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Help, tricky level 2 group

Discussion in 'Further Education' started by sweetsaregood, Nov 20, 2017.

  1. sweetsaregood

    sweetsaregood New commenter

    I'm currently working with a level 2 group (all girls). I have never taught a group like it. It's very school-ish behaviour. There is constantly a problem between one or more of them, they back chat and set one lecturer off against another. They have a very difficult time engaging in any meaningful discussion and they struggle to record anything meaningful without excessive supervision or prompting. I could go on and on but I want to turn it around. All of the lecturers currently detest teaching them. Individually they are good kids but together....
    We've only known them 10 weeks and we are all exhausted!
    Has anyone had any experience of such a group and can give me some ideas to try and rectify this.
     
  2. saluki

    saluki Lead commenter

    Yes. I left.
     
  3. elder_cat

    elder_cat Established commenter

    I taught in FE for 7 years, with groups at Levels 3, 2, and 1. I found the Level 3 students were not too bad with the odd exception. To understand the problem with Level 2 students, you need to consider where they come from.

    Some of them will simply be operating at their upper limit academically, so you need to consider that when working out what how you intend to deliver. They do actually want to achieve something, but they will require simple structured scaffolded tasks, they can do without having to stay focussed for any extended length of time.

    I found that a lot of students were doing Level 2 courses at College, as an alternative way of getting 'benefits', because there are no jobs to go to, or they have no idea what direction they want to take with their lives.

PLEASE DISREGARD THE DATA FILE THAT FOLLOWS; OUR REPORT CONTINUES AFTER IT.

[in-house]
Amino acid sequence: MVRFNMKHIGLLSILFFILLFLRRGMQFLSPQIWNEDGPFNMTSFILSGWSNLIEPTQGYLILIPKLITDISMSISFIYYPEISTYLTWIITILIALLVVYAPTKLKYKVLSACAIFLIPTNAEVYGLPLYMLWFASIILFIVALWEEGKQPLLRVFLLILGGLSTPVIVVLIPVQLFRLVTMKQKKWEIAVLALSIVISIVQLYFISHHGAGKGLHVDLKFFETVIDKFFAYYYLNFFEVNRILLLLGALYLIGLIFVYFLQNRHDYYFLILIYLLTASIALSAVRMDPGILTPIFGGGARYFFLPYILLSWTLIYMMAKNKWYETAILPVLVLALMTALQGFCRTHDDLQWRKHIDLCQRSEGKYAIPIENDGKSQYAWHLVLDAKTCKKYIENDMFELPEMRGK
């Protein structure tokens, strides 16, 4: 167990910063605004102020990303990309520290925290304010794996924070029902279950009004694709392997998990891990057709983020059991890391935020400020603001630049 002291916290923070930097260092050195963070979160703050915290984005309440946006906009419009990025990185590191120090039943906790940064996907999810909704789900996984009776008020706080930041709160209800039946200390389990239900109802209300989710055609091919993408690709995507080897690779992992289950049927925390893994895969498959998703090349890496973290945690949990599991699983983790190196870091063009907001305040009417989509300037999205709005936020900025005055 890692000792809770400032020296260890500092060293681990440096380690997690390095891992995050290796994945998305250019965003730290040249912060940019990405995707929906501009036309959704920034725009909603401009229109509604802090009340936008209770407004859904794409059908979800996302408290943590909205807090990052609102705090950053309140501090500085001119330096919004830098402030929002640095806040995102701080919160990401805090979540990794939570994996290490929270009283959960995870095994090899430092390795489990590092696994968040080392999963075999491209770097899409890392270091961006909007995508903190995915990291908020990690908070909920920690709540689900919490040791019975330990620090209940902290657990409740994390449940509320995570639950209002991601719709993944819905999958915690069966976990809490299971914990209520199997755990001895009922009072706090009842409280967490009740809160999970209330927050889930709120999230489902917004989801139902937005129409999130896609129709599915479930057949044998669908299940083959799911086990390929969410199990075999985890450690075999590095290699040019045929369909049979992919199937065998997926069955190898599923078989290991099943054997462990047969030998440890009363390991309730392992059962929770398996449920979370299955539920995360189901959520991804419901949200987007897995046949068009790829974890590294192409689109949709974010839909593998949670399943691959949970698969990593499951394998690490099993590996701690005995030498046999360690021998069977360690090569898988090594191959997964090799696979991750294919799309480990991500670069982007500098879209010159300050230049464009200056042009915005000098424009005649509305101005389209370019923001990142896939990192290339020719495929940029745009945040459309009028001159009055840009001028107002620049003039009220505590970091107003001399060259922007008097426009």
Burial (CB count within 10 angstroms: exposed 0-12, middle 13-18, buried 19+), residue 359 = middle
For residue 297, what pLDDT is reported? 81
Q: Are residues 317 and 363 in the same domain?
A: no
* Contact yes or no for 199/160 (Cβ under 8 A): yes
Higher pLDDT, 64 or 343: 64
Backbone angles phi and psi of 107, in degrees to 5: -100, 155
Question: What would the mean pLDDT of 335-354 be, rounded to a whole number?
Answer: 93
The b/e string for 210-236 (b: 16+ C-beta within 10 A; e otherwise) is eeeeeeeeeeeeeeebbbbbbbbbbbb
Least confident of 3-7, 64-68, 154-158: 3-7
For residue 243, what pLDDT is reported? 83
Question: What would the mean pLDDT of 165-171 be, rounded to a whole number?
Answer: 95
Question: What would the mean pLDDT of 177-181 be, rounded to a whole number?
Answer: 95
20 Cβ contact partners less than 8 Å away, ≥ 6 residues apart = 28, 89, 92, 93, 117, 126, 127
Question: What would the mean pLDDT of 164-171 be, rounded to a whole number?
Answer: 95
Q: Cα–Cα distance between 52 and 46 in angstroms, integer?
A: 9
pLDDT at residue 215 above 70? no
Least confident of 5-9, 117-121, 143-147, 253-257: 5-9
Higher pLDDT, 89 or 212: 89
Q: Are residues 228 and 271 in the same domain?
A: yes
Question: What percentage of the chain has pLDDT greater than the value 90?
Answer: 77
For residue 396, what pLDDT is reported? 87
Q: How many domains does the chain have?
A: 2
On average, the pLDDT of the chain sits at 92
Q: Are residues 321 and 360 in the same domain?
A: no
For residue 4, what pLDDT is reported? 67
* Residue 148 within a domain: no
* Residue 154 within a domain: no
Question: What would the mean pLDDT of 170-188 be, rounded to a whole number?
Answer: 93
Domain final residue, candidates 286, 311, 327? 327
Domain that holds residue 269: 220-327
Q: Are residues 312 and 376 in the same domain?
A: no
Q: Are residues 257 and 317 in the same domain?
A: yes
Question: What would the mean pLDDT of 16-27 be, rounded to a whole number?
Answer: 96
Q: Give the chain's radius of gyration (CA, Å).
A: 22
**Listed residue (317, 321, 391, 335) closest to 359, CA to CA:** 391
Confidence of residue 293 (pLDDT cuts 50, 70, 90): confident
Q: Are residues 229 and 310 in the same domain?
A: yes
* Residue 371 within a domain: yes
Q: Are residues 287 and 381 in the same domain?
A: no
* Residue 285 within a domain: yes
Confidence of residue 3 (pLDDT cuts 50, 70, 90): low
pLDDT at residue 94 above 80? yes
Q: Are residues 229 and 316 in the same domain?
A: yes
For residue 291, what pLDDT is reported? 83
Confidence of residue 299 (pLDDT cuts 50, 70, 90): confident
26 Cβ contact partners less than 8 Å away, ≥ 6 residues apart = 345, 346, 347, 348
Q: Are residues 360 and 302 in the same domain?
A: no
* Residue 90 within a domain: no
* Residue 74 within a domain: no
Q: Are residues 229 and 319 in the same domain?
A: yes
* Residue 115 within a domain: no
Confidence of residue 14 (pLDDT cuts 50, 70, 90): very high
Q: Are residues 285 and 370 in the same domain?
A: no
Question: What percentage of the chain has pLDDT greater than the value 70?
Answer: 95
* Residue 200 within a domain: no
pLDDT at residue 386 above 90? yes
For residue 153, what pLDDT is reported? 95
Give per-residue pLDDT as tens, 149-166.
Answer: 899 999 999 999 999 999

Then there were others who underachieved at school not because they were unintelligent, but because they didn't want to 'conform', and just wanted to 'have fun'. That attitude doesn't change somehow, simply because they are attending College rather than school. In fact I found it was exacerbated by the fact that they now considered themselves to be 'young adults' rather than 'children', and therefore felt even less of a requirement to adhere to expectations and rules. They want to be seen as young adults and treated as such, but at the same time remain free to continue to display disruptive and childish behaviours.

    My experience was that for the most part they were hard work from day 1 until the end of the course. I suspect you will find that most will do enough to at least pass, although they will leave everything to the last minute, and will require constant reminders and pushing from you. There will be some who surprise you, and put in some effort towards the end, and achieve grades that reflect their true ability levels. There will a few who just aren't that bothered one way or the other, and see their attendance at College as simply a way of filling in time between school and dole. For those students, you can encourage and exhort them to do better, but other than that there is little you can do.

    It shouldn't really be that way with 'young adults' at College, but that's the reality of what you have to work with.

    I started using verbal questioning and photo/video evidence of students completing tasks, wherever possible, as an alternative to asking for written work, and having to continually chase them up.
     
  4. Resource_Creator

    Resource_Creator New commenter